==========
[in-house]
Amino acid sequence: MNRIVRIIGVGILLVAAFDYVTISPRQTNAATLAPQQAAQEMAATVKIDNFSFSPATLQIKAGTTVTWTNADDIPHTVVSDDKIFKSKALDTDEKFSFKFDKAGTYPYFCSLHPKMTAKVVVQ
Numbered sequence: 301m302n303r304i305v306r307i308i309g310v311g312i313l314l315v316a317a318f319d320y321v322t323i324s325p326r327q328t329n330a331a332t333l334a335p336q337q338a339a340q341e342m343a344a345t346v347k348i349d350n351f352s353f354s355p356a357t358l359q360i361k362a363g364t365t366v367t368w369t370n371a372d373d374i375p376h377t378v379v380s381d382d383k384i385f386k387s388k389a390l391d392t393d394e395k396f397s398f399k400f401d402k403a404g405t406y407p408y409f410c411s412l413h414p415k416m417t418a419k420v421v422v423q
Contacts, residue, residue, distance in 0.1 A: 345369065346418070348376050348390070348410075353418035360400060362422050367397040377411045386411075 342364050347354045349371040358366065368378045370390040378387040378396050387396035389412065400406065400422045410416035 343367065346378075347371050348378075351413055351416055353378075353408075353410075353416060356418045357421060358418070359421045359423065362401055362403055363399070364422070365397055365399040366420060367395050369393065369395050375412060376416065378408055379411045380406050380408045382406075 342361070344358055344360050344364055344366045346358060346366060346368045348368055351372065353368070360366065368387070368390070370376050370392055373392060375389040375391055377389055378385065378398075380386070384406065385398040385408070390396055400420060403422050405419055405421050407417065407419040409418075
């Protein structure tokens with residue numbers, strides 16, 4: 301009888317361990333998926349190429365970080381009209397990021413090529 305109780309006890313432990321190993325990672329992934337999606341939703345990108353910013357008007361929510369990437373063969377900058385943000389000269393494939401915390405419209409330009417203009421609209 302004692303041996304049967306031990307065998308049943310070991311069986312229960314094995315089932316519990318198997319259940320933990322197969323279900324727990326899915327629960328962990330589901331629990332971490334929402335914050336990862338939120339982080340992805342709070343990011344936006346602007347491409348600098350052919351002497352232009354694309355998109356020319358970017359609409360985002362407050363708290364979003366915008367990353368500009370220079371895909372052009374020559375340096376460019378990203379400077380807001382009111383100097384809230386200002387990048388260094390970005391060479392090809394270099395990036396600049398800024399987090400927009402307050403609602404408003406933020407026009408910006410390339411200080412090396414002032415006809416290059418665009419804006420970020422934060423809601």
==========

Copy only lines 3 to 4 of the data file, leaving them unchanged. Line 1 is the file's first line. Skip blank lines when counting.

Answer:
Numbered sequence: 301m302n303r304i305v306r307i308i309g310v311g312i313l314l315v316a317a318f319d320y321v322t323i324s325p326r327q328t329n330a331a332t333l334a335p336q337q338a339a340q341e342m343a344a345t346v347k348i349d350n351f352s353f354s355p356a357t358l359q360i361k362a363g364t365t366v367t368w369t370n371a372d373d374i375p376h377t378v379v380s381d382d383k384i385f386k387s388k389a390l391d392t393d394e395k396f397s398f399k400f401d402k403a404g405t406y407p408y409f410c411s412l413h414p415k416m417t418a419k420v421v422v423q
Contacts, residue, residue, distance in 0.1 A: 345369065346418070348376050348390070348410075353418035360400060362422050367397040377411045386411075 342364050347354045349371040358366065368378045370390040378387040378396050387396035389412065400406065400422045410416035 343367065346378075347371050348378075351413055351416055353378075353408075353410075353416060356418045357421060358418070359421045359423065362401055362403055363399070364422070365397055365399040366420060367395050369393065369395050375412060376416065378408055379411045380406050380408045382406075 342361070344358055344360050344364055344366045346358060346366060346368045348368055351372065353368070360366065368387070368390070370376050370392055373392060375389040375391055377389055378385065378398075380386070384406065385398040385408070390396055400420060403422050405419055405421050407417065407419040409418075